Cryptocurrency

When will cryptocurrencies become the norm?


It has now been over 10 years since Bitcoin
was invented and came out to the public. Since then, so many developments have
ensued in the industry that it’s impossible to keep up even the highlights.
Whether that be because of people dreaming of becoming millionaires or true
visionary types looking to implement a technology for a better future, it’s
doubtless that cryptocurrencies have very much become mainstream.

Everybody wants a piece of the crypto pie. As
there are not too many people who were lucky enough to have gotten on the
bitcoin train in time, people are always looking for the “next best thing” in
the crypto world, and the demand is very much met. Nowadays, you have a plethora of coins that are available on global
crypto exchanges, with more being added every year. With more and more people
joining in as time goes by, drastically increased variety is simply the natural
conclusion. Sure, Bitcoin is still the king of cryptocurrencies – it’s
currently sitting at around $9,000 as of this writing, and not a single
cryptocurrency besides itself has ever gone that high. However, Bitcoin’s
highest-ever point is more than twice as much.

Bitcoin’s supremacy aside, with so many new
cryptocurrencies, all of which have their own unique solutions to different
problems, it’s inevitable that their influence and scope of applications will
increase significantly.

In order to see how far Crypto has come along,
you needn’t look too far back. If you think about it, in the past, crypto was
only reserved for people who had the necessary technical skills, knowledge, and
intention to get into it, meaning it definitely wasn’t for an average Joe.
Situation is completely different today. Almost anyone who’s interested in
getting into cryptocurrencies, whether that be in interest to make money,
explore a new financial market as a hobby, or just be a pioneer in a
ground-breaking technology, can do so as easily as just by visiting any major
crypto exchange and buying it there instantly.

People thought the same about Forex trading in
the beginning too – it’s too technical, it’s too risky, it’s too complicated
for a beginner, there’s not enough info, etc. Then, several years after, we
have a thriving Forex market all around the world, with thousands upon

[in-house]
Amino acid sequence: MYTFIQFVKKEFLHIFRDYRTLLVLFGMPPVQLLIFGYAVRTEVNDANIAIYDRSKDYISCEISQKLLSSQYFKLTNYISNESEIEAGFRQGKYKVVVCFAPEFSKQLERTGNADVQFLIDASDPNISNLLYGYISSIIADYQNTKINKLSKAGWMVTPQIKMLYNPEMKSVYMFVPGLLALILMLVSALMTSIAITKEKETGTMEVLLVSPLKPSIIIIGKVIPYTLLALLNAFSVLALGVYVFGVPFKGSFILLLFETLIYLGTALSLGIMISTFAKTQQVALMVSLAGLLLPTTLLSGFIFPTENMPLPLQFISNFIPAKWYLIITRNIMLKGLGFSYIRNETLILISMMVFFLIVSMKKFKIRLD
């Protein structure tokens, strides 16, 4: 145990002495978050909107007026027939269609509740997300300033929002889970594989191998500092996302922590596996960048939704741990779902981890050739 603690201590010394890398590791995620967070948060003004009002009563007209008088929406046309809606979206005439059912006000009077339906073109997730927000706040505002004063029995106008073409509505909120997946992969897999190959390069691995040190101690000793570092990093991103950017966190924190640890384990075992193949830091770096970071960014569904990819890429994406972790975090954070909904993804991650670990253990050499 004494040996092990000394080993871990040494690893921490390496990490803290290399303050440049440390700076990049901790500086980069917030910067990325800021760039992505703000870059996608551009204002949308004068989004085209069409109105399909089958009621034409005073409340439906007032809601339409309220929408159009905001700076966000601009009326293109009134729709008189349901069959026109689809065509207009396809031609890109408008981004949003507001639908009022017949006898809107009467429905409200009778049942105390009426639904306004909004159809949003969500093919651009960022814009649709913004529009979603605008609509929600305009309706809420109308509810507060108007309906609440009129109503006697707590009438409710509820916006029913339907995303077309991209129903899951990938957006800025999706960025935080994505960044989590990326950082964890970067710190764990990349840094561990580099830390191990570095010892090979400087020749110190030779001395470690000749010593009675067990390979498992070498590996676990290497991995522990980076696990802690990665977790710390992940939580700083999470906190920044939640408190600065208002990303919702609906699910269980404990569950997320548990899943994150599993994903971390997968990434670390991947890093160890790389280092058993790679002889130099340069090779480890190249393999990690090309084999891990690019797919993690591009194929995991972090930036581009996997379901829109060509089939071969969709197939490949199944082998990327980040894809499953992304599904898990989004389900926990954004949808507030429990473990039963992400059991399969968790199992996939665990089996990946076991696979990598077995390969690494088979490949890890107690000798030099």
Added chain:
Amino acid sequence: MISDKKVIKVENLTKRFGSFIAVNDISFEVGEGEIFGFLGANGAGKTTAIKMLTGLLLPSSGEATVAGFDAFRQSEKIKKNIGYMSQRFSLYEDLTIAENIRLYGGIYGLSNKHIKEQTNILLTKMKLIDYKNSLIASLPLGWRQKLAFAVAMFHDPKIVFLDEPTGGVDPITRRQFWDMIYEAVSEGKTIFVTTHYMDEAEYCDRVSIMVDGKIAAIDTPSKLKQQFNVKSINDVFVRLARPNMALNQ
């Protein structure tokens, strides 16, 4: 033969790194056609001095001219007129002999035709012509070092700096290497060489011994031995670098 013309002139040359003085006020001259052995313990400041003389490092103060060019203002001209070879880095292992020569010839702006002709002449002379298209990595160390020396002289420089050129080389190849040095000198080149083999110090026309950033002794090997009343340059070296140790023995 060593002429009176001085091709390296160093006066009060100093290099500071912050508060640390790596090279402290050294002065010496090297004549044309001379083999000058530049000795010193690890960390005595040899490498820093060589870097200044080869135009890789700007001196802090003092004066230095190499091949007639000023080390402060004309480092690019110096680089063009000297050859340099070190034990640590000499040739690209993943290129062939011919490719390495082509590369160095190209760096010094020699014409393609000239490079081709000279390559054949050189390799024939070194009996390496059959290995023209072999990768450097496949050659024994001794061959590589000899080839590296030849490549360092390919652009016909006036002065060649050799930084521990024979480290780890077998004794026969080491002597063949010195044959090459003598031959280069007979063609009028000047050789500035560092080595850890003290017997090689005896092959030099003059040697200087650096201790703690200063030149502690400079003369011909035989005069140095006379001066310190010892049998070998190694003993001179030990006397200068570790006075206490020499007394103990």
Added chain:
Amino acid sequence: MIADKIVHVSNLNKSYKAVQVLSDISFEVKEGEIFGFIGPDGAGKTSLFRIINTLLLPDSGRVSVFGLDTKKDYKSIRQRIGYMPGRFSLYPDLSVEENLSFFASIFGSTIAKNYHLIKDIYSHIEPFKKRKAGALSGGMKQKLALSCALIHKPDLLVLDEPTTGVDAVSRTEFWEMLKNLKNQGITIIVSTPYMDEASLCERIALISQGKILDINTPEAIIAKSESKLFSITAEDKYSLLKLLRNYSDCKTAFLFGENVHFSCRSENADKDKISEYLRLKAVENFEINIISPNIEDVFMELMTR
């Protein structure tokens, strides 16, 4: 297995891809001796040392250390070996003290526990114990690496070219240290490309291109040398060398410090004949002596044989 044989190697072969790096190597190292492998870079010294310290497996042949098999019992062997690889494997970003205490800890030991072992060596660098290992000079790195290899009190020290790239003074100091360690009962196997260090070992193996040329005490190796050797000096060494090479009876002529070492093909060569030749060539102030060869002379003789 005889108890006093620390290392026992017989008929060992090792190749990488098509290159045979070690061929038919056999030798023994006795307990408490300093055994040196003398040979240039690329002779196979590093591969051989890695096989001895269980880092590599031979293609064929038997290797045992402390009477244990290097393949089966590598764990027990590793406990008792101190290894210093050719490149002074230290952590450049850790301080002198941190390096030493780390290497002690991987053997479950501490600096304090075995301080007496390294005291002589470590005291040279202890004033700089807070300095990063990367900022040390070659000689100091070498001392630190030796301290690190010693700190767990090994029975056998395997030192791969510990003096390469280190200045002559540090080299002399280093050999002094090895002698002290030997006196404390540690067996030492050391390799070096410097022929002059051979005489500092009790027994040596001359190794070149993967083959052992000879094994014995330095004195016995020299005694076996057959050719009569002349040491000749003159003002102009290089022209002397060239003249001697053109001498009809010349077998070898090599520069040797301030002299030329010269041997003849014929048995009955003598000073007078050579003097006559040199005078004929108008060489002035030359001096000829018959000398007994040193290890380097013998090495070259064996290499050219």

thousands of traders. There’s so much information available online, with so
much guidance, that you can even find full-blow reviews for specific brokerages
like this XM Review. These kinds of reviews are vital
for ensuring a smooth entry experience for beginners who are bound to make a
lot of mistakes in the beginning. If this kind of in-depth approach and
abundance of information is achieved for the crypto industry as well, it’ll
only take so much time before it reaches a full-blown worldwide implementation.

How do we get there faster?

While the current speed of crypto’s growth is
nothing to sneeze at, there are still some things that we can change to ensure
that there’s nothing holding cryptos back from growing as fast as they could.

For one, we could slowly but steadily stop
looking at them as a commodity, and start looking at them as currencies.
Bitcoin is still a valuable asset, but it’s not a valuable asset that you can
exchange for a gallon of milk at your supermarket just yet. Now, this is
obviously easier said than done and takes a lot of time and specific changes in
our societal behaviors, but Rome wasn’t built in a day; everything takes time.
However, as the technology develops further and more opportunities are present
for faster and wider implementation of cryptocurrencies, this is only a natural
inevitable conclusion.

Beyond that, we have to also make sure, that
whatever regulations and laws are implemented regarding the cryptocurrencies,
are supportive of their advancement and development, as opposed to slowing them
down and hindering them. This is a very complex subject
though, and governments and international financial regulators are rightfully
taking their time on moving forward with developments on these matters. The
complexity arises from the need of finding common ground between laws and
regulations that would ensure consumer safety and economic feasibility, yet at
the same time encourage the growth of the industry by removing as many
limitations as possible.





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